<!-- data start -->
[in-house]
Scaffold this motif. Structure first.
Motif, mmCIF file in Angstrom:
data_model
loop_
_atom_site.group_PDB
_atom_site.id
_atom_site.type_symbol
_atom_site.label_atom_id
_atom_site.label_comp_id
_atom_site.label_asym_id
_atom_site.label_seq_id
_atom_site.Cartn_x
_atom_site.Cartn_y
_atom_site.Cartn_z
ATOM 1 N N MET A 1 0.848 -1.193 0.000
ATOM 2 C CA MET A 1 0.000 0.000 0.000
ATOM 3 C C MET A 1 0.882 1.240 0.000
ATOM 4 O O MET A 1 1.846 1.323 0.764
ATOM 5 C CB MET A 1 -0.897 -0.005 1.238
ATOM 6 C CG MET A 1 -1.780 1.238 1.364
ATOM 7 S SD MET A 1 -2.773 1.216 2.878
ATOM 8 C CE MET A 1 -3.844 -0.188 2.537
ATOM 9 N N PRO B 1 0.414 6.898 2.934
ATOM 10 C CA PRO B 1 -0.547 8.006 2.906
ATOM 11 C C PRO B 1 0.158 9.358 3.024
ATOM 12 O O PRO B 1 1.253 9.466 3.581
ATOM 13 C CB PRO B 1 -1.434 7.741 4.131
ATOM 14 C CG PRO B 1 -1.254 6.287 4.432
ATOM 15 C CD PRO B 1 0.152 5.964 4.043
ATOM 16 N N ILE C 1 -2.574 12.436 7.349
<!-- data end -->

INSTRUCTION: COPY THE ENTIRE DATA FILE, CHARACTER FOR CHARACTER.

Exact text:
[in-house]
Scaffold this motif. Structure first.
Motif, mmCIF file in Angstrom:
data_model
loop_
_atom_site.group_PDB
_atom_site.id
_atom_site.type_symbol
_atom_site.label_atom_id
_atom_site.label_comp_id
_atom_site.label_asym_id
_atom_site.label_seq_id
_atom_site.Cartn_x
_atom_site.Cartn_y
_atom_site.Cartn_z
ATOM 1 N N MET A 1 0.848 -1.193 0.000
ATOM 2 C CA MET A 1 0.000 0.000 0.000
ATOM 3 C C MET A 1 0.882 1.240 0.000
ATOM 4 O O MET A 1 1.846 1.323 0.764
ATOM 5 C CB MET A 1 -0.897 -0.005 1.238
ATOM 6 C CG MET A 1 -1.780 1.238 1.364
ATOM 7 S SD MET A 1 -2.773 1.216 2.878
ATOM 8 C CE MET A 1 -3.844 -0.188 2.537
ATOM 9 N N PRO B 1 0.414 6.898 2.934
ATOM 10 C CA PRO B 1 -0.547 8.006 2.906
ATOM 11 C C PRO B 1 0.158 9.358 3.024
ATOM 12 O O PRO B 1 1.253 9.466 3.581
ATOM 13 C CB PRO B 1 -1.434 7.741 4.131
ATOM 14 C CG PRO B 1 -1.254 6.287 4.432
ATOM 15 C CD PRO B 1 0.152 5.964 4.043
ATOM 16 N N ILE C 1 -2.574 12.436 7.349